HC Deb 03 July 1919 vol 117 cc1269-72

Motion made, and Question proposed, "That this House do now adjourn."—[Colonel Sanders.]


I rise to draw attention to a matter with regard to which I asked a question this afternoon, namely, the urgency for the completion of land purchase in Ireland. The question which I asked to-day was twice postponed at the request of the Government, and naturally, in view of that, I had some reason to suppose that they were considering the matter with a view to taking some action and giving me a favourable answer. Instead of that, the answer which I received was merely to the effect that the matter was engaging the anxious consideration of the Government, that it would require legislation to carry the question further towards its completion, and that at the present time legislation would not be feasible. This question of land purchase is one of the most pressing questions that exist in Ireland at the present time. It is a point upon which all representatives of Ireland are agreed, be they Nationalist or Unionist. I may say that the only reason why Nationalist Members are not present this evening to support me is that, so far as I know, they were not in the House to-day, and I was unable to give them notice that the matter was coming forward. The hon. Member for the Falls Division of Belfast (Mr. Devlin) raised this identical question a short time ago and pressed the Government upon it, but received no reply more satisfactory than that which I received to-day.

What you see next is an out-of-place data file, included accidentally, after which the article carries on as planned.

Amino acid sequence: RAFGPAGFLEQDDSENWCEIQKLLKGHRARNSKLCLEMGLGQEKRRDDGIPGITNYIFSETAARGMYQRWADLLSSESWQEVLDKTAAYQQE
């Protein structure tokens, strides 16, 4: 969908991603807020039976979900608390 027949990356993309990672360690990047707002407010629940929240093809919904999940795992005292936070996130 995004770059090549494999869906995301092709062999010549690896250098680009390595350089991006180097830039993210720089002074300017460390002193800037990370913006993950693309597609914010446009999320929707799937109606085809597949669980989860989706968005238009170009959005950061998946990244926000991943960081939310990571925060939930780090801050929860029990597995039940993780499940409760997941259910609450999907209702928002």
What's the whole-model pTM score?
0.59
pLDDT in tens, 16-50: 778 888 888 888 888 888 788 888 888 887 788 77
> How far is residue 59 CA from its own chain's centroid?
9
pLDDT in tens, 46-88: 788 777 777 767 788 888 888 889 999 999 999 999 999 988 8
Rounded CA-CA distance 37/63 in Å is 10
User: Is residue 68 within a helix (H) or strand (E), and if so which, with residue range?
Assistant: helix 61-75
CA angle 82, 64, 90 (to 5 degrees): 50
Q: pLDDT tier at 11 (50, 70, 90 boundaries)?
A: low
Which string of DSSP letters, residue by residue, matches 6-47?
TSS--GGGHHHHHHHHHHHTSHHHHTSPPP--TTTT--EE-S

I should like briefly to put before the House the position with regard to this matter. It is pretty generally known that in 1903 a large and comprehensive Land Act for Ireland was passed, the object of which was to transfer the ownership of the agricultural soil of Ireland from the landlords to the tenants. That Act, brought in by Mr. Wyndham, was greeted, and rightly so, as a great charter for the benefit of the agricultural community in Ireland. As a result of it land purchase underwent a great and beneficent revolution. Practically speaking, it began to become operative, and became rapidly a matter which would soon be completely carried out. Since those days the matter hung fire owing to the change in the financial situation, and owing also to an Act which was passed in 1909, which practically put an end to any possibility of completing the matter, due to its entirely inadequate and unsatisfactory financial provisions. The result is that at present land purchase is practically dead. It is not moving forward in any respect. The first reason for that is the complete change in the value of money. When the Wyndham Act was passed money could be borrowed by the Government at 2½or 3 per cent. To-day it can only be borrowed at 5 per cent. Also the landlords, the sellers, could not possibly accept payment in depreciated land stock, which had sunk far below its par level. Land stock, for the purpose of payment, was to be treated at its par value. That was the position of the matter when the Irish Convention dealt with it. Of all questions which were before the Convention in Ireland none were regarded as more pressing than this question of land purchase. A Committee of the Convention was appointed to consider it, and they made a unanimous recommendation. With regard to that recommendation, the Prime Minister wrote a letter to the Chairman of the Convention in January, 1918, in which he used these words: Finally the Government have noted the very important Report which has been prepared on the subject of land purchase and on which a unanimous decision has been reached by the Committee of the Convention set up to consider this subject. If this Report commends itself to the Convention, the Government are prepared to introduce into Parliament, as part of the plan of settlement, a measure for the purpose of enabling Parliament to give effect to the recommendations of the Convention on the subject of land purchase. Of course the Convention on its main grounds broke down, and there was no question of any immediate settlement. Therefore, the question of land purchase was allowed to drop. But now it is vitally important that quite irrespective of any larger settlement, whether that is coming or not, this matter should be pro- ceeded with, as the Prime Minister in his letter to the Chairman of the Convention stated that in his opinion it was most vitally desirable.